An 83-year-old male presented with 2 weeks of intermittent self-resolving episodes of visual disturbance, which he described as white lines curving on the road and “furniture tilting” lasting for approximately 30 s. This was followed by an episode of left eye amaurosis fugax. He was referred to the hospital for further investigation of symptoms 1 day following the amaurosis fugax event. Comorbidities included impaired fasting glucose, hypertension, and dyslipidemia. Ophthalmologic examination revealed reduced left eye visual acuity (6/9 pin hole) and otherwise was unremarkable. Carotid Doppler ultrasound demonstrated an ICA peak systolic velocity of 480 cm/s and a peak systolic velocity ratio (ICA: common carotid artery) of 7.5. As per the North American Symptomatic Carotid Endarterectomy Trial (NASCET) criteria, this is consistent with the carotid stenosis diagnostic criteria of >90% but less than near occlusion [13,14]. Computed tomography carotid and circle of Willis angiography was undertaken to assist in surgical planning (see Figure 1). This confirmed a mixed, ulcerated plaque and revealed a persistent left hypoglossal artery originating from the left ICA 3.7 cm from its origin, ascending posterior to the ICA. This was the dominant supply to the posterior circulation with hypoplastic vertebral arteries bilaterally. The small-calibre right vertebral artery communicated with the basilar artery while the left terminated as the posterior inferior cerebellar artery. A stroke protocol magnetic resonance imaging (MRI) of the brain confirmed this aberrant anatomy with note of both old and subacute infarcts within the left frontal, parietal-occipital, and cerebellar regions.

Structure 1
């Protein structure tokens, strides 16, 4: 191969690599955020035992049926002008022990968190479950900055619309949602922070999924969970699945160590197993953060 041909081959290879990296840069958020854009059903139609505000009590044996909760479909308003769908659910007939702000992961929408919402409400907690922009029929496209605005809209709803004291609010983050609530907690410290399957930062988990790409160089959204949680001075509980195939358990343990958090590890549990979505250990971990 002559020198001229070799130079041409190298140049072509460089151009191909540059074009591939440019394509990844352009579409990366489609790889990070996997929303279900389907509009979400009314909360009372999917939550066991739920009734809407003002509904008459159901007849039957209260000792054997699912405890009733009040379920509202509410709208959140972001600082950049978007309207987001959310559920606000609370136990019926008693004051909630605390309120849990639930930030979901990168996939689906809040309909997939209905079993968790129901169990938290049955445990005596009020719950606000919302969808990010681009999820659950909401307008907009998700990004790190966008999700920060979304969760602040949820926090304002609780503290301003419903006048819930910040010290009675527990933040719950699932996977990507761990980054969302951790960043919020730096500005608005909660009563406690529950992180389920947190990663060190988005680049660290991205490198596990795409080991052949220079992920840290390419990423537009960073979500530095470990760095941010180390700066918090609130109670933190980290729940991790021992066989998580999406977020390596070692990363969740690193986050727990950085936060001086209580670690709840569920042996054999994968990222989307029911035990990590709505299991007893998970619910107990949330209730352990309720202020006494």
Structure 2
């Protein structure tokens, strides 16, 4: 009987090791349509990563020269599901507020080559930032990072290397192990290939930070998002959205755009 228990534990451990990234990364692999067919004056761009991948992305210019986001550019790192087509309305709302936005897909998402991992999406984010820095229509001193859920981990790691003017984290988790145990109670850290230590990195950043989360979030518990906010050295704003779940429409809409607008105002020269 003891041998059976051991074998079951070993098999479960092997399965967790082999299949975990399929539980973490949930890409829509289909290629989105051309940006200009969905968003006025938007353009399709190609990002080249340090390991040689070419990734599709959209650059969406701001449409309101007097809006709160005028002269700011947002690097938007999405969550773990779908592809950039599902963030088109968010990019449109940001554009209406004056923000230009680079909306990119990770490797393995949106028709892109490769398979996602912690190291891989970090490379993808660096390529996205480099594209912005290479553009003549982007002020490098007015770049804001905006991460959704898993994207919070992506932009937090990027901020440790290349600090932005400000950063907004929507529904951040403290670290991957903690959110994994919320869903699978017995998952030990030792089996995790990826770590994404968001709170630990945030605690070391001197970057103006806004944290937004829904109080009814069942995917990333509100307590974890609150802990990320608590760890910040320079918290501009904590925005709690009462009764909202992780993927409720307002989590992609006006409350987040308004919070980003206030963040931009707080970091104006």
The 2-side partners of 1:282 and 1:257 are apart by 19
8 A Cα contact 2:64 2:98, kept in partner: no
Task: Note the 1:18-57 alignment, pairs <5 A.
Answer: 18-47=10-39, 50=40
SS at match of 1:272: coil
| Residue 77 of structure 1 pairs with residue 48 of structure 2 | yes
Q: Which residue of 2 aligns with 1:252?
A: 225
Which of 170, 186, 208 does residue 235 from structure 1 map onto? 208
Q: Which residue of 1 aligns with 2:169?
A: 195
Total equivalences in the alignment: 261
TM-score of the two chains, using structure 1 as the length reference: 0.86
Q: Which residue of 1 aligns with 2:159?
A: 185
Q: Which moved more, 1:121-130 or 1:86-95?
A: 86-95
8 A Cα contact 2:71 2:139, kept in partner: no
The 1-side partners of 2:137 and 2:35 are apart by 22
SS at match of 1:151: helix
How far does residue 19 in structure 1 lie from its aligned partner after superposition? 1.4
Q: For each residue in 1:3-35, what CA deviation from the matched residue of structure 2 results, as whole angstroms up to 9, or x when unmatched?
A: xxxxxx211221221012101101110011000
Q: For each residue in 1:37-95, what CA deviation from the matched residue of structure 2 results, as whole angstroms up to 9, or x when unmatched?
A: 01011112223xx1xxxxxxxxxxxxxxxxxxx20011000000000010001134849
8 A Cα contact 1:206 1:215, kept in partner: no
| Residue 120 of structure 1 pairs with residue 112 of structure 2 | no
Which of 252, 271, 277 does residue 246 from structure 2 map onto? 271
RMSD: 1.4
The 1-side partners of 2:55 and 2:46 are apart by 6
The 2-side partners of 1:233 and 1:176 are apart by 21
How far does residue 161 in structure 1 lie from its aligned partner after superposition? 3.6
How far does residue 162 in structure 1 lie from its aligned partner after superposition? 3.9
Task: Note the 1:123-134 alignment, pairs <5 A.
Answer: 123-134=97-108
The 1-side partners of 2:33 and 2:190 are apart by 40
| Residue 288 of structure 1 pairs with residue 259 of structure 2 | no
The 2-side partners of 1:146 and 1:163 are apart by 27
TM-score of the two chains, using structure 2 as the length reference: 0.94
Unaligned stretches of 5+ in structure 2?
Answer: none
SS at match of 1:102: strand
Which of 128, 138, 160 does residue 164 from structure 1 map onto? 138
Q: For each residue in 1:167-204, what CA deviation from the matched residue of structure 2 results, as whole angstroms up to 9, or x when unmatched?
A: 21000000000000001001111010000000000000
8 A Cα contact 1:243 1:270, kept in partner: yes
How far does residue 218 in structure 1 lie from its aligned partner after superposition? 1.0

The patient proceeded to undergo left CEA with a Braun polyurethane patch under conscious sedation (dexmedetomidine infusion 0.4 mcg/kg/h) and regional anesthesia. Ultrasound-guided regional anesthesia comprised an intermediate cervical plexus block with infiltration of the carotid sheath [15], and subplatysmal block [16]. Ropivacaine, lidocaine, and adrenaline (epinephrine) were combined to create a 30-mL total volume comprising ropivcaine 0.6 mg/mL, lidocaine 13 mg/mL, and adrenaline (epinephrine) 3 mcg/mL. An intermediate cervical plexus block was performed using in-plane sonographic guidance in real-time, and a postero-lateral to antero-medial needle approach with a 100-mm 21 g SonoPlex II (Pajunk, Germany) needle. Hydro-dissection of the plane deep to the sternocleidomastoid muscle, between the investing layer of the deep cervical fascia and pre-vertebral fascia, was performed with 20 mL of the local anesthetic mixture described above, at a cranio-caudal level of C5. From the same skin puncture site, 4 mL of local anaesthetic was deposited within the carotid sheath at the antero-lateral aspect of the left common carotid artery. A subplatysmal block was performed by sono-graphically locating the space between the medial border of the sternocleidomastoid muscle and the adjacent submandibular gland immediately caudad to the mandible. A 50-mm 22 g SonoPlex II (Pajunk, Germany) needle was advanced using an out-of-plane technique deep to the platysma muscle, where 6 mL of the local anesthetic mixture was injected. The addition of the subplatysmal block anesthetizes peripheral branches of the facial nerve and superficial ansa cervicalis. The patient experienced satisfactory surgical anesthesia for the duration of the 180-min procedure, with no supplementation of local anesthetic required during surgery.